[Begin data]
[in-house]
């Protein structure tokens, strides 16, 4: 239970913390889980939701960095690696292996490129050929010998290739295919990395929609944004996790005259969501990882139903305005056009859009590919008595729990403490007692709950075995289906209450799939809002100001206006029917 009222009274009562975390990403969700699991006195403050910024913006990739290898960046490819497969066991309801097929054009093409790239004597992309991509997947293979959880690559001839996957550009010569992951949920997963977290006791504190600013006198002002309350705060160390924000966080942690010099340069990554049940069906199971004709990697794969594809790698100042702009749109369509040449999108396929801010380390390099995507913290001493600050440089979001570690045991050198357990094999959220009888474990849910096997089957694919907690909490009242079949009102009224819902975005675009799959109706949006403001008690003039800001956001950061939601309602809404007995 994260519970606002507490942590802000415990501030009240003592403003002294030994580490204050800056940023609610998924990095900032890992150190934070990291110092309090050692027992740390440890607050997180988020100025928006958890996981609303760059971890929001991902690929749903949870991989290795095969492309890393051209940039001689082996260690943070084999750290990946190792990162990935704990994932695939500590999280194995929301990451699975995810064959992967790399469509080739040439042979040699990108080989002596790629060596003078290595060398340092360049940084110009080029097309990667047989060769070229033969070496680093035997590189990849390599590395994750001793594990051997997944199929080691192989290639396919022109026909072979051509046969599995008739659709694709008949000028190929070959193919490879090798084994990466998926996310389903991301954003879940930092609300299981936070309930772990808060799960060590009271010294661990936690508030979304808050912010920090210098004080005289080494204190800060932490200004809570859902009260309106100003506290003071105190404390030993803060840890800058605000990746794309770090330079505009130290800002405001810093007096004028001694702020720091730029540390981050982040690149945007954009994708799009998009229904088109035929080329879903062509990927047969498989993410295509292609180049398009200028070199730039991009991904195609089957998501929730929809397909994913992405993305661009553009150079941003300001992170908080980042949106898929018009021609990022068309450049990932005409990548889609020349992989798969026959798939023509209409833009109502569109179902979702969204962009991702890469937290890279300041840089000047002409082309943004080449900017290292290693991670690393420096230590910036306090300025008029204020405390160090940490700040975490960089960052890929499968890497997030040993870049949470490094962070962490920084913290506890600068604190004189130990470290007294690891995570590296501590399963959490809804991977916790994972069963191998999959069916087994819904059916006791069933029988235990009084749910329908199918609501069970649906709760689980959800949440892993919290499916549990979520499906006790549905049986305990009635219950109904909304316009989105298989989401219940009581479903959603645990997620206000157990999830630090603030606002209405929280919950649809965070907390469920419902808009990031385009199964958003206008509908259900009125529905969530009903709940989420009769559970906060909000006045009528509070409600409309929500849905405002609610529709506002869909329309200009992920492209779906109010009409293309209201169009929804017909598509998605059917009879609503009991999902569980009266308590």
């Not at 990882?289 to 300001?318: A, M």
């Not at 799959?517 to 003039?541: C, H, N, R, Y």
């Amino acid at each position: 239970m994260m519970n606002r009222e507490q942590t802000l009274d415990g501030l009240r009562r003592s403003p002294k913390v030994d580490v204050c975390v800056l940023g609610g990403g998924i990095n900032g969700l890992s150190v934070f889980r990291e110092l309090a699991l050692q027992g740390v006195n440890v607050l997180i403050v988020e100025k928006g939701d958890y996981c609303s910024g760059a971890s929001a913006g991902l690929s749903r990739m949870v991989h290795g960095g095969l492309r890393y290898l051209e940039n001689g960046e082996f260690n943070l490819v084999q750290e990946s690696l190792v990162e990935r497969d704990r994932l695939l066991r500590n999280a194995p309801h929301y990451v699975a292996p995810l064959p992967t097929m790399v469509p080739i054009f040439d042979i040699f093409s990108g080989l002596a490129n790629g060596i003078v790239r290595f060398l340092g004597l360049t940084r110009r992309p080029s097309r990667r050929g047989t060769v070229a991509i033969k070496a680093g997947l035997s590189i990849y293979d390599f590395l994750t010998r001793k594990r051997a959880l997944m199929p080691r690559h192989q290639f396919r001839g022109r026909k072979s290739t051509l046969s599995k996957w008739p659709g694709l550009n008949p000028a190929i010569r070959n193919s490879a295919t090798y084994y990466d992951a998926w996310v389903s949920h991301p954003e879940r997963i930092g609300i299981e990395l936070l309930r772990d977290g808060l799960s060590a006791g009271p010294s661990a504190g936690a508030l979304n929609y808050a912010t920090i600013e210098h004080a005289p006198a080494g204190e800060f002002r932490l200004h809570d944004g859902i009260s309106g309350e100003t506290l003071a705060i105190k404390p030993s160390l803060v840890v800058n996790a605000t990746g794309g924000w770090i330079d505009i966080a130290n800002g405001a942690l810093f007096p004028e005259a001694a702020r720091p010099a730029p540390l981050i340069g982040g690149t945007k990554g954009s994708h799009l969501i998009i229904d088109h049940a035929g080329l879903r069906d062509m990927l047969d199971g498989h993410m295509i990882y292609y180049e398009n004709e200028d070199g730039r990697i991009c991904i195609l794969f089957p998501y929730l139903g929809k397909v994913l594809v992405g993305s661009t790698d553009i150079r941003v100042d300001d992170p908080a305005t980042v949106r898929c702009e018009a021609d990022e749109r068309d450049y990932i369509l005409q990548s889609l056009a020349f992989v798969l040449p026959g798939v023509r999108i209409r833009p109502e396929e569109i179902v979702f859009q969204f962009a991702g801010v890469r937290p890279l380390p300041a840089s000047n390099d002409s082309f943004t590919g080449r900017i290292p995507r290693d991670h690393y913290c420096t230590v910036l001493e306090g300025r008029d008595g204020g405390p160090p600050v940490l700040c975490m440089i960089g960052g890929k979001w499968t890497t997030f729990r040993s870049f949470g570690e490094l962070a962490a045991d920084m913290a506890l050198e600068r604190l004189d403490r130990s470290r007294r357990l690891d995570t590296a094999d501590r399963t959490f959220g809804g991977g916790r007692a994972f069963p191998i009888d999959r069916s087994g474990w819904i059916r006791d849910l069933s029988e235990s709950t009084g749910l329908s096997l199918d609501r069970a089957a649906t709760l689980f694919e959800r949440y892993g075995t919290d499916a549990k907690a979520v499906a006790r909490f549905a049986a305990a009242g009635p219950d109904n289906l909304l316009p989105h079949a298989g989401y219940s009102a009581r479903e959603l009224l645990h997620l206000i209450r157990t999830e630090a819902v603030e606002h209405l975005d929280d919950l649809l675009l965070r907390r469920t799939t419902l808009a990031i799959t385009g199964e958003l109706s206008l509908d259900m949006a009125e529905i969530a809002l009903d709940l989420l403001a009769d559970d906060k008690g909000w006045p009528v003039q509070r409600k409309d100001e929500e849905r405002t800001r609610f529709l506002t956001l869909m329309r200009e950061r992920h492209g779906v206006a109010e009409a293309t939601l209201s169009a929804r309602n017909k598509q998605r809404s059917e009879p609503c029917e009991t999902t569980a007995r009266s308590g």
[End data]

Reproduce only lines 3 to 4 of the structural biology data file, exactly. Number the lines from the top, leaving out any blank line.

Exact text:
């Not at 990882?289 to 300001?318: A, M």
């Not at 799959?517 to 003039?541: C, H, N, R, Y």